Cute, Quaint, Hungry and Romantic

Cute, Quaint, Hungry and Romantic: The Aesthetics of Consumerism by Daniel Harris 

publication date: 2000
pages: 265
ISBN: 0-465-02848-9

I present for you another bitter, overblown nonfiction book. How do I keep getting tricked into reading these? I guess that’s what happens when I judge a book by its cover (and title).

In Cute, Quaint, Hungry and Romantic, Harris attempted to enlighten us, dear readers, with all the aesthetics that marketers use to manipulate us into buying their stuff, from “cute” to “cleanness.” He was very very serious about his undertaking. Here’s a sample sentence that shows just how seriously, and non-sensically, he took it:

The stylistic distortions of the market-place often reflect tensions in our attitudes towards the things and people around us: towards our children, whose waywardness we seek to smother beneath the conventions of cuteness; towards parents, whose denial of adolescents’ sexuality and independence our offspring throw back in our faces by adopting the exaggerated mannerisms of coolness; and even towards computer software, whose gaudy aesthetic emerges from the anarchic aspirations of programmers who seek to hide from themselves the dull, bureaucratic realities of their lives.

That sentence got crazier and crazier until it was a great big WHAT?!?!

I don’t know why he took this topic so seriously and reacted to it so brutally. Sure, I’m not fan of manipulative marketing, but, as he admitted, he can’t see an alternative. Instead, in his infinite wisdom, he always felt:

[I]t is sufficient for me to destroy – to slash, to burn – and [I] have never felt any desire to formulate utopian solutions, not only because I wish to avoid blunting the full force of my skepticism and palliating my reader’s urgent need for happy endings, but because I frankly do not have any answers to offer, no five-year plan, no program for reform, no campaign for organizing the Great Leap Forward into paradise on Earth.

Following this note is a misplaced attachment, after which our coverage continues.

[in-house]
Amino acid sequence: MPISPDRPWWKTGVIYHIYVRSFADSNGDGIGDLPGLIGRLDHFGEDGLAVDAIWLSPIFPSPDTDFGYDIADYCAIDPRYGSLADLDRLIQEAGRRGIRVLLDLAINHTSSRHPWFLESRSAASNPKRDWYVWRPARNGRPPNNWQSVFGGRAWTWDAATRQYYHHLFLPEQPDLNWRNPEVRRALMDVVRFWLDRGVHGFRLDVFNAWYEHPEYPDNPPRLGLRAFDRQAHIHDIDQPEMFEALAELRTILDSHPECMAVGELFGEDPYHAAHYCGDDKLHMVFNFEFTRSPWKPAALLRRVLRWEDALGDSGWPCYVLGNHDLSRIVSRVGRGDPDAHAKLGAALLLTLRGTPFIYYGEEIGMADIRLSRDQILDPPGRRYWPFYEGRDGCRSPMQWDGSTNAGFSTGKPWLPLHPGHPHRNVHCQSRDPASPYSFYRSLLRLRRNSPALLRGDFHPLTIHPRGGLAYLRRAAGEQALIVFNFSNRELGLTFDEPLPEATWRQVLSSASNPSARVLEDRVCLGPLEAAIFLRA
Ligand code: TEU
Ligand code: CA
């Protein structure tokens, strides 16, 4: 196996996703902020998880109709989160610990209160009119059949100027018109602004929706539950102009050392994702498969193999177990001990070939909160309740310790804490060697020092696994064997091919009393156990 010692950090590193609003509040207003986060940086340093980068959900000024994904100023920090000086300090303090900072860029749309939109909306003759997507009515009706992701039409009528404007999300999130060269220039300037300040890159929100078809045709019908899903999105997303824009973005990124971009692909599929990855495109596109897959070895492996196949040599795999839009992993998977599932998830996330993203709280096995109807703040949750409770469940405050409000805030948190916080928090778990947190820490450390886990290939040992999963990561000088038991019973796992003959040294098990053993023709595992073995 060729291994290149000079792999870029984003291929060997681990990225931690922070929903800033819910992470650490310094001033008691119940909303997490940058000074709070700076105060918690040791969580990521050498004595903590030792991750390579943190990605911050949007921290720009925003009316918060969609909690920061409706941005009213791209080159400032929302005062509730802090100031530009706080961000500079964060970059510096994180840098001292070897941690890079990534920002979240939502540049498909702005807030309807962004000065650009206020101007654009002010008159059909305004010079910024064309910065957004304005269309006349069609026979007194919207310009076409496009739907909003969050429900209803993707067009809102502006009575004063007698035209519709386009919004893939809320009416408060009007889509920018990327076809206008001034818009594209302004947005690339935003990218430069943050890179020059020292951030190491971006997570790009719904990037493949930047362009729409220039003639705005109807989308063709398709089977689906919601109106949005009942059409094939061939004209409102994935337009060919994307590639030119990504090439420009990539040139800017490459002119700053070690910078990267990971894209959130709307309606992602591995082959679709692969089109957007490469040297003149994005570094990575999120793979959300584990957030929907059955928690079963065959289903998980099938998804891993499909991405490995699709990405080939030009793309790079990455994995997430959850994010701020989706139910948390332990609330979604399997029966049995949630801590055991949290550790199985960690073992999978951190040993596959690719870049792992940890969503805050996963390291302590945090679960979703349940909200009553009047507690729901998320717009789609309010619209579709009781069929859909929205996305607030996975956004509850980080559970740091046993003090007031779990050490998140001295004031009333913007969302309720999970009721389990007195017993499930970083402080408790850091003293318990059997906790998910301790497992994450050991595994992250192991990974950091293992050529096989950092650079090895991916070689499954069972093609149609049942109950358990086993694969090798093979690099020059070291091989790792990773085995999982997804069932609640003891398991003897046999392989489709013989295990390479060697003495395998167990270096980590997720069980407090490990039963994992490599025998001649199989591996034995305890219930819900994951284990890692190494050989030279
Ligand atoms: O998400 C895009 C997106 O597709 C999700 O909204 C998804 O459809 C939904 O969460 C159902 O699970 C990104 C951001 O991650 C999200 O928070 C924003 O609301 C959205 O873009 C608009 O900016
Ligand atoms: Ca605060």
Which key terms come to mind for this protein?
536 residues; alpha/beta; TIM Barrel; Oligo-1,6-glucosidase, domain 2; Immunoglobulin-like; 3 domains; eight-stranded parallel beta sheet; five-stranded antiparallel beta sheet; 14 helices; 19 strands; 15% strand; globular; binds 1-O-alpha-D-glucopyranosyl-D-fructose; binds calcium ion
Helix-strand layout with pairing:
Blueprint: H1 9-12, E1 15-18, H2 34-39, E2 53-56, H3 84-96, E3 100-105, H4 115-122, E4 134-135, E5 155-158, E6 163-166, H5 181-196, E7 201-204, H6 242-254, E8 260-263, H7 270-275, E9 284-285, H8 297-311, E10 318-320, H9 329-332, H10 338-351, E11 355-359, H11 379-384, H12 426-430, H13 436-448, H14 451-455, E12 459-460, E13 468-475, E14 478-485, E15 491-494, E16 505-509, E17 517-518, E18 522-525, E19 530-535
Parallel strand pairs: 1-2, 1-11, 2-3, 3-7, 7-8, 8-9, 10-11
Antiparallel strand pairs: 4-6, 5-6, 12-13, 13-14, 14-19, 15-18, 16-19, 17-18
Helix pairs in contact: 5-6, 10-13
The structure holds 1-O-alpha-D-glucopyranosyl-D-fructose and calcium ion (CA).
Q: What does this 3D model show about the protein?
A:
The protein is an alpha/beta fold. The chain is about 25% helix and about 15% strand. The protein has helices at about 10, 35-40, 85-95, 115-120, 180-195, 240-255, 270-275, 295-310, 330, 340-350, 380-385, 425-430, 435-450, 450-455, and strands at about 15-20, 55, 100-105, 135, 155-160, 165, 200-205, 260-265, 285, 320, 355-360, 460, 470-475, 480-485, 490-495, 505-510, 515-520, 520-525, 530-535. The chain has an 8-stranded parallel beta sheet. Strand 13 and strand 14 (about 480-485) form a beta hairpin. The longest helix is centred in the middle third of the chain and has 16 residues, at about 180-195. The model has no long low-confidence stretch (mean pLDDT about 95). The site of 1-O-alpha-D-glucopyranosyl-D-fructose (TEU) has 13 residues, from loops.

(If the above passages are not enough to convince you that the author is seemingly a pompous dick, maybe this will: in his acknowledgements he thanks his ex in a way that reminds everyone that they used to date and are now great friends, notwithstanding his ex’s new guy:

As always, I would like to thank my former lover Anthony Aziz and his current companion Sammy Cucher for their loyalty and friendship. Life wouldn’t be the same without these two tremendous friends.)

Maybe I could have found the book’s discussion of marketing and aesthetics interesting. Probably not. But it’s tough to tell because it was hard to look past the author’s excessive and silly analysis.

2/6: many problems

other reviews of the book:

Publishers Weekly
Salon
12 Frogs

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